United States District Court, C.D. California
ANTOINE P. LeBLANC, Plaintiff,
WILLIAM PHELTON, Defendant.
ORDER TO SHOW CAUSE WHY THIS ACTION SHOULD NOT BE
DISMISSED AS UNTIMELY
ALEXANDER F. MacKINNON UNITED STATES MAGISTRATE JUDGE
a prisoner of the State of California currently incarcerated
at California State Prison-Los Angeles County in Lancaster,
California, has filed a pro se civil rights complaint under
42 U.S.C. § 1983 alleging that during the course of his
arrest in December 2005 the defendant (a deputy sheriff) used
excessive force by shooting plaintiff in the left back area.
Plaintiff seeks monetary damages.
Standard of Review
courts must engage in a preliminary screening of cases in
which prisoners seek redress from a governmental entity or
officer or employee of a governmental entity. See 28
U.S.C. § 1915A(a). In its review, the Court must
identify any cognizable claims, and dismiss any claims which
are frivolous, malicious, fail to state a claim upon which
relief may be granted, or seek monetary relief from a
defendant who is immune from such relief. See Id. at
§ 1915A(b)(1), (2). Pro se pleadings must be liberally
construed. See Balistreri v Pacifica Police
Dep’t, 901 F.2d 696, 699 (9th Cir. 1990).
state a claim under 42 U.S.C. § 1983, a plaintiff must
allege two essential elements: (1) that a violation of a
right secured by the Constitution or laws of the United
States was violated, and (2) that the alleged deprivation was
committed by a person acting under the color of state law.
See West v. Atkins, 487 U.S. 42, 48, 108 S.Ct. 2250,
101 L.Ed.2d 40 (1988).
Statute of Limitations
discussed below, it appears from the face of the Complaint
that plaintiff’s claim cannot go forward because it is
barred by the applicable statute of limitations. Although the
statute of limitations is an affirmative defense that
normally may not be raised by the court sua sponte, it may be
grounds for sua sponte dismissal of an in forma pauperis
complaint where the defense is complete and obvious from the
face of the pleadings or the court’s own records.
See Franklin v. Murphy, 745 F.2d 1221, 1228-30 (9th
Circ. 1984). Here, plaintiff has been granted leave to
proceed in forma pauperis, and for the reasons discussed
below, it appears from the face of the Complaint that the
statute of limitations is a complete and obvious defense to
the claim raised therein.
1983 does not contain its own limitations period. See
Elliott v. City of Union City, 25 F.3d 800, 802 (9th
Cir. 1994). Rather, the appropriate period is that of the
forum state’s statute of limitations for personal
injury torts. See Wilson v. Garcia, 471 U.S. 261,
276, 105 S.Ct. 1938, 85 L.Ed.2d 254 (1985). In the event the
state has multiple statutes of limitations for different
torts, federal courts considering claims brought pursuant to
§ 1983 borrow the general or residual statute for
personal injury actions. See Silva v. Crain, 169
F.3d 608, 610 (9th Cir. 1999). Effective January 1, 2003,
California’s general residual statute of limitations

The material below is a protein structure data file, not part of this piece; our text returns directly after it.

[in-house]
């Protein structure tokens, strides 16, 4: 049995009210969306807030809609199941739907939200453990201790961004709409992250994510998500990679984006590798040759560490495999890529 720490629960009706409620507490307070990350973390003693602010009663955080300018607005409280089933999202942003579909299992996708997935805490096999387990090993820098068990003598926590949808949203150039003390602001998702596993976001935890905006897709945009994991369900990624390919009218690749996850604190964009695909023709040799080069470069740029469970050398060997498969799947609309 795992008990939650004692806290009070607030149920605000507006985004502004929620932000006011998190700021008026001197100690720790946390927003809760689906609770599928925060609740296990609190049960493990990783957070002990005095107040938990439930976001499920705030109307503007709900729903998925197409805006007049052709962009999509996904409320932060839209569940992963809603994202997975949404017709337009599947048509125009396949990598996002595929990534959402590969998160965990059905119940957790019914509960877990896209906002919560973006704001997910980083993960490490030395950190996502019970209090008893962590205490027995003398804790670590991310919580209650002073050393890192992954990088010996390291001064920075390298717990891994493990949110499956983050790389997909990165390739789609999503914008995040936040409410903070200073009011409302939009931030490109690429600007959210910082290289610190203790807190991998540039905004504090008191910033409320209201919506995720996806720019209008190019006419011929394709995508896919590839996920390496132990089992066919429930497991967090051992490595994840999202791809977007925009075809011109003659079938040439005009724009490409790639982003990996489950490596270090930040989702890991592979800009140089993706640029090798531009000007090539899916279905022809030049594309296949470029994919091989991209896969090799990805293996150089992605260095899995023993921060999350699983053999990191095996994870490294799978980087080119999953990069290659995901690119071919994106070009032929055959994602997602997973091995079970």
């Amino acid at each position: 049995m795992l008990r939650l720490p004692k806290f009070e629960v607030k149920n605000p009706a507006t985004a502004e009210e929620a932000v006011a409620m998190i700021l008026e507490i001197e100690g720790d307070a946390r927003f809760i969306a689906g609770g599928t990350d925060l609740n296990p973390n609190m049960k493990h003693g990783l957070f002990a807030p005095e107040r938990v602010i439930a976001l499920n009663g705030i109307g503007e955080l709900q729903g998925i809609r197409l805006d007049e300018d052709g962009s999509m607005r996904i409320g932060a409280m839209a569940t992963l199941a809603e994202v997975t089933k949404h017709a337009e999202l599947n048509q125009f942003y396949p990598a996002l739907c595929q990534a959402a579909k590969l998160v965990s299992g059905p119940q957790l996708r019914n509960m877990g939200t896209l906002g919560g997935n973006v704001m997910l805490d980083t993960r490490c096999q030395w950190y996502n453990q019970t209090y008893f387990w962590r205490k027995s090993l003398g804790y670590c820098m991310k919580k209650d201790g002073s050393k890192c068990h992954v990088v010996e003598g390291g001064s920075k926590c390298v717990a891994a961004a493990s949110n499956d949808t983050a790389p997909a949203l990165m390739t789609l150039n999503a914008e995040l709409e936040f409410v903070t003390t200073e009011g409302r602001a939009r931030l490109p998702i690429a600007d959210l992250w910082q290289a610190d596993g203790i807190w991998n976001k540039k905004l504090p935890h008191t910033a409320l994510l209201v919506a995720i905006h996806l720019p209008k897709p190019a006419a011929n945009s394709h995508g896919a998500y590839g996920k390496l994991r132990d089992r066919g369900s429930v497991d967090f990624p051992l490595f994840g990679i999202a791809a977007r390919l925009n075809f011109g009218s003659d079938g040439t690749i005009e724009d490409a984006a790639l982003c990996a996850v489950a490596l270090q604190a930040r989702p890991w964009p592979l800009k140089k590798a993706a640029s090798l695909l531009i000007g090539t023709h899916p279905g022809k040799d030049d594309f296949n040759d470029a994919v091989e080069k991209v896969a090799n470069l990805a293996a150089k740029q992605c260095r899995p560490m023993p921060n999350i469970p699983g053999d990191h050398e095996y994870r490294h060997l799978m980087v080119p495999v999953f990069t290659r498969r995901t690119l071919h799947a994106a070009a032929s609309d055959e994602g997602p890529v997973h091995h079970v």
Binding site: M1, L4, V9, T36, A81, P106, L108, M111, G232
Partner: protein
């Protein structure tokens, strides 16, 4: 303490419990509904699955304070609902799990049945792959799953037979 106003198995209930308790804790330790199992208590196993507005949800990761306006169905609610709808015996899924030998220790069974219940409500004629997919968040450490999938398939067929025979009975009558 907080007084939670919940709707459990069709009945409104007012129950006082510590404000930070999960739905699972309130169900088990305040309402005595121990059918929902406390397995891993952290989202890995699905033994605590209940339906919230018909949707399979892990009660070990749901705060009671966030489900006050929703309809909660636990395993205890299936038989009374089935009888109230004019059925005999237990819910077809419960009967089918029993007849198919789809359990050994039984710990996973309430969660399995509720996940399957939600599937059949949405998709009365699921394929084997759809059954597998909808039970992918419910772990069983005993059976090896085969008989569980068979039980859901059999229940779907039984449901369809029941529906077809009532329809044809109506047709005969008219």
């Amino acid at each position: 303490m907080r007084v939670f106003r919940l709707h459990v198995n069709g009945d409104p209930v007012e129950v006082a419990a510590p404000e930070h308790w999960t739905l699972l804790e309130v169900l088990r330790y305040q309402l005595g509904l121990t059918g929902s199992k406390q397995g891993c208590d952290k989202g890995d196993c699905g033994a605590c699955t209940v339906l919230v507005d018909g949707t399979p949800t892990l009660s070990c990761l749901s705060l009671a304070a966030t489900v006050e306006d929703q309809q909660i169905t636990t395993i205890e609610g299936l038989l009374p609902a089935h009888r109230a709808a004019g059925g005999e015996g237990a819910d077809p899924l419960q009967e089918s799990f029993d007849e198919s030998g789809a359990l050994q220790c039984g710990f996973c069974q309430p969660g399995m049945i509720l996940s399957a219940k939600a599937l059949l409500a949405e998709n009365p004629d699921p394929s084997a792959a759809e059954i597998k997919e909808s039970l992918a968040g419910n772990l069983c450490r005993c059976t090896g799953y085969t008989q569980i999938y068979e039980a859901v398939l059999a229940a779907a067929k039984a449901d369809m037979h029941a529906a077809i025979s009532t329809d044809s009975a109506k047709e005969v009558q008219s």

for personal injury actions is two years; prior to that date,
the limitations period for such actions was one year. See
Maldonado v. Harris, 370 F.3d 945, 954-55 (9th Cir.
2004). Additionally, a federal court must give effect to a
state’s tolling provisions. See Hardin v.
Straub, 490 U.S. 536, 543-44, 109 S.Ct. 1998, 104
L.Ed.2d 582 (1989). In California, incarceration of the
plaintiff is a disability that tolls the statute for a
maximum of two years. See Cal. Civ. Proc. Code
§ 352.1. Tolling under section 352.1 is triggered by the
plaintiff’s arrest and incarceration. See
Elliott, 25 F.3d at 802-03. Once the prisoner is
released from incarceration, however, the statute of
limitations starts to run again, and tolling will not be
reinstated by subsequent incarceration. See Boag v. Chief
of Police, 669 F.2d 587, 589 (9th Cir. 1982) (holding
disability of imprisonment ceased upon prisoner’s
release on parole and was not reinstated by incarceration),
cert. denied, 459 U.S. 849, 103 S.Ct. 109, 74
L.Ed.2d 97 (1982); Williams v. Coughlan, 244 F.2d 6,
8 (9th Cir. 1957) (holding statute of limitations not tolled
after prisoner released).
accrues when the plaintiff knows or has reason to know of the
injury that forms the basis of that cause of action. See
TwoRivers v. Lewis, 174 F.3d 987, 991-92 (9th Cir.
1999); Elliott, 25 F.3d at 802. Here, plaintiff
alleges he was injured by events that took place during his
arrest on December 7, 2005; thus, plaintiff’s claim for
injury accrued no later than that date. If plaintiff remained
incarcerated for at least two years thereafter, under
California law plaintiff had, at most, four years from the
date on which his claims accrued in which to file his
Complaint against the instant defendant. Consequently,
plaintiff was required to file his Complaint by no later than
December 7, 2009. Plaintiff did not file instant action until
June 3, 2016.
plaintiff filed his Complaint, at a minimum, nearly 6-1/2
years after the statute of limitations had expired, the
instant action appears to be completely time-barred from the
face of the Complaint. Moreover, plaintiff s Complaint, when
read with the requisite liberality, contains no allegation
that would suggest plaintiff is able to show he is entitled
to any period of statutory tolling other than that discussed
above. See Jablon v. Dean Witter & Co., 614 F.2d
677, 683 (9th Cir. 1980) (holding complaint may be dismissed
on statute of limitations grounds where allegations therein,
even when read with required liberality, would not permit
plaintiff to prove statute was tolled).
plaintiff is ORDERED TO SHOW CAUSE, within 21 days of the
date of this Order, why this action should not be dismissed
as untimely under the statute of limitations. Failure by
plaintiff to file a timely and sufficient response will